on Competition: knowing the other players

"As an entrepreneur, if you think that you don't have any competition, then it means one of two things:

  1. What you're working on is not worth working upon or
  2. You don't know how to use Google"

Guy Kawasaki had once told this to Peter Panas and me during a global student business plan competition years ago, after we had just pitched the business plan for Securamed at the Stanford global e-challenge in Singapore. Competitiveness is the essence of any business and you need to know the competition to be competitive.

It must be obvious that you need to know who your present competitors are, but it is even more important to know the following three facets about your competitors:

  1. How will your competition react to your strategies?
  2. What is your strongest point and your competitors' weakest point?
  3. Who is likely to be your competitor in the short term vs the long term?

In this this post, I'll share my thoughts on #1 – proactively predicting the competitor's moves/reactions:
Just knowing the names and basic offerings of your competitors is never enough. Basic information about the obvious competitors is typically very easy to find. If it is a large company it is pretty straight forward to find the basics from the company's website. If the competitor is a public company, then it is even better. For large companies, which are private, you may find the basic information from the Dunn And Bradstreet reports. For large companies, which are publicly listed, most information is available from the EDGAR reports or the annual reports. Hoover's database (easily accessible from any decent library) is also very comprehensive. It starts getting trickier as the size of a competitor starts decreasing. Not only can a smaller company harder to spot, but their strategies/reactions are harder to predict. Most effective small companies are fairly agile and can adapt easily to changing market conditions.

Despite the size of the company, there are two proven ways to learn the most about a competitor.
One, be a customer of the competitor. Eat the competitor's dogfood. Empathize with the experience offered by your competitor to their customers. Use the competitor's product. Talk to their customer support personnel. Post a question on their help forum (if one exists.) I'm not suggesting espionage. There are legal ways of purchasing and using a competitor's products. Don't hide your identity. It is OK to say that you work for your company and disclose who you are. The competitors assume that you know everything about their product, anyway.The goal of this exercise is not to find the good things about a competitor and copy them. The key is in understanding the guiding principles of the competitor's execution strategy. Is the competitor focusing a lot on customer service? Is the competitor's product sold on the merits of its user interface? How has the competitor's product matured over time? Has the backend being made more robust or has the competitor focused more on improving the user interface over time? What are their customers/users liking/disliking about their product (can be found easily through newsgroups/blog posts, etc.)? Buy the best possible version of the competitor's product and renew your service subscriptions. Keep up with the competition as a pro-customer and get a pulse of their business.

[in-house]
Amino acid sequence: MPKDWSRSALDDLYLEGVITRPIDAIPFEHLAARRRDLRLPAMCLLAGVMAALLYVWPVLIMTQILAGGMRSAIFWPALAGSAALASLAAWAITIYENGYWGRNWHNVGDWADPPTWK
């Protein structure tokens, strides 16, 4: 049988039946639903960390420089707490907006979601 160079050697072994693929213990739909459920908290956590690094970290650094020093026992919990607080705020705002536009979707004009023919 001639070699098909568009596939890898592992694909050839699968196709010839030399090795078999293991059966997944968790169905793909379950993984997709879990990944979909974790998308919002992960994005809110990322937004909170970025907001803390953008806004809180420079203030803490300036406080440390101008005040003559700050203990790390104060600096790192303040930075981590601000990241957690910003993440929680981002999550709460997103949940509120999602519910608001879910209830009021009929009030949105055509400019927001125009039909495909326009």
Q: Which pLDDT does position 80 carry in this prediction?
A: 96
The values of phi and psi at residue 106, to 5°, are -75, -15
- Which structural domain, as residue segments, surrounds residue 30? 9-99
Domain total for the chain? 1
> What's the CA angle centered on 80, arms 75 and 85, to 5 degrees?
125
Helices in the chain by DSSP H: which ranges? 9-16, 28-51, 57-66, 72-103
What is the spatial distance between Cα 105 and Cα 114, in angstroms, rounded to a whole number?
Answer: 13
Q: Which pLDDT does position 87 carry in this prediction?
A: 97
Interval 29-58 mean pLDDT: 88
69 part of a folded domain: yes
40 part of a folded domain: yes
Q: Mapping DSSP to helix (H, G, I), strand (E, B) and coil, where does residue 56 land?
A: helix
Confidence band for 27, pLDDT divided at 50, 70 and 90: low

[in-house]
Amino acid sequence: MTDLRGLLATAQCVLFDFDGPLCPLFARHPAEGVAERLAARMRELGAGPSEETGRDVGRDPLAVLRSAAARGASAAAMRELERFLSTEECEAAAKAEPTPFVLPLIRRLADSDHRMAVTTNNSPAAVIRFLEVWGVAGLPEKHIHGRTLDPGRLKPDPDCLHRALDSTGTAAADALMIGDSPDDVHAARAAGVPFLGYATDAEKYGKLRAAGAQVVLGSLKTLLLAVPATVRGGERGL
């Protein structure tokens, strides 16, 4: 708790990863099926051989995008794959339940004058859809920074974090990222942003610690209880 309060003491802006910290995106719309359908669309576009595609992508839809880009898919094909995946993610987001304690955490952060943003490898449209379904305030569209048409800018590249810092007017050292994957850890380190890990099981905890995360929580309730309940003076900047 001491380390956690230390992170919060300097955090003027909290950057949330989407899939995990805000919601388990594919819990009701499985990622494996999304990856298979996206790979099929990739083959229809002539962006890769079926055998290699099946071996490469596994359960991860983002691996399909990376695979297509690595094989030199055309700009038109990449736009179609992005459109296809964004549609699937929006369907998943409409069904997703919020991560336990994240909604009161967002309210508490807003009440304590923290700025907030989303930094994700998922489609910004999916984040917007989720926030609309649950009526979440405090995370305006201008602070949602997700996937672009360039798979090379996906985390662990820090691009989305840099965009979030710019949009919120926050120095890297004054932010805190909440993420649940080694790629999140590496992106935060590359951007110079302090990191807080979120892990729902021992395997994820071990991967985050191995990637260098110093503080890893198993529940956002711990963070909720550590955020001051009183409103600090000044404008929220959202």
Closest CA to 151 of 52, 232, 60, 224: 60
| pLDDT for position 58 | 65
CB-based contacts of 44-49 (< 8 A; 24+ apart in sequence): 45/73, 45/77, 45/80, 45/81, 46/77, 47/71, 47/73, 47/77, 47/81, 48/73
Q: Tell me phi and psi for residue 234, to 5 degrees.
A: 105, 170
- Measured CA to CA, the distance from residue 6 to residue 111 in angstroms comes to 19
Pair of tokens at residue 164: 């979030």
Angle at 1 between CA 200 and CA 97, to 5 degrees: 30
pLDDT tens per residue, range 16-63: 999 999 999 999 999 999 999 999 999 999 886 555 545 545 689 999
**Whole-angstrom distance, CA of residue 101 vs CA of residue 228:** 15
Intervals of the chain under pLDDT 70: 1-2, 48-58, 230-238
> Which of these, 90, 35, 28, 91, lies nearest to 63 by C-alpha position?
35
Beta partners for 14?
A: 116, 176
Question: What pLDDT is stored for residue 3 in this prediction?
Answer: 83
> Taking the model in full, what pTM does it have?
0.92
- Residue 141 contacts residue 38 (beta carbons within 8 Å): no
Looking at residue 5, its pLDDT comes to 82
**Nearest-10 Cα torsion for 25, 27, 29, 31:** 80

Second and most important aspect is to really really know the people involved in the competition. Is the CEO of the competition a strategiest or a people manager? Is he/she a technologist or a marketer or a deal maker? What does the DNA of the competition's leadership look like? Is it dominated by technocrats or sales people? Where have most people worked before (this gives a pretty clear picture of their work-style or their approach?) Who is likely to succeed the current leadership? The goal of this exercise is to really understand how your competition is likely to react, when you execute your strategies. For instance, if you introduce a new product, is the competitor likely to introduce a more technically robust product, or is it likely to strike a deal with another competitor to combat you or is it likely to reduce the price of their offerings. These things can only be found out by investing heavily in understanding the minds of the key leaders at your competitor. All decisions and strategies are implemented by people and not organizations/companies. It is important to be able to understand their value system, their guiding principles and their likely reactions. If you know the likely reaction from a competitor, you can always be prepared for it or even use it to deceive the competition. Data about people, their past experiences and their workstyles can be easily found on LinkedIn/facebook. Be aware that the competitor would also  be trying to sum you up, so control how you project yourself through LinkedIn/facebook/blog posts/replies to newsgroups, etc.

If you play any competitive sport, these things may seem like "common sense", because it is common sense. Remember to use it. Tennis and chess provide a very straightforward way to simulate one:one competitive environment and practice your strategies. My most favorite board game – RISK, is the best way to simulate competition amongst multiple players and try out strategies.

A lot have been written on competition by both academicians and practitioners. Works of Michael Porter and Sun Tzu (The Art of War) remain the most admired. Read these works, if you haven't.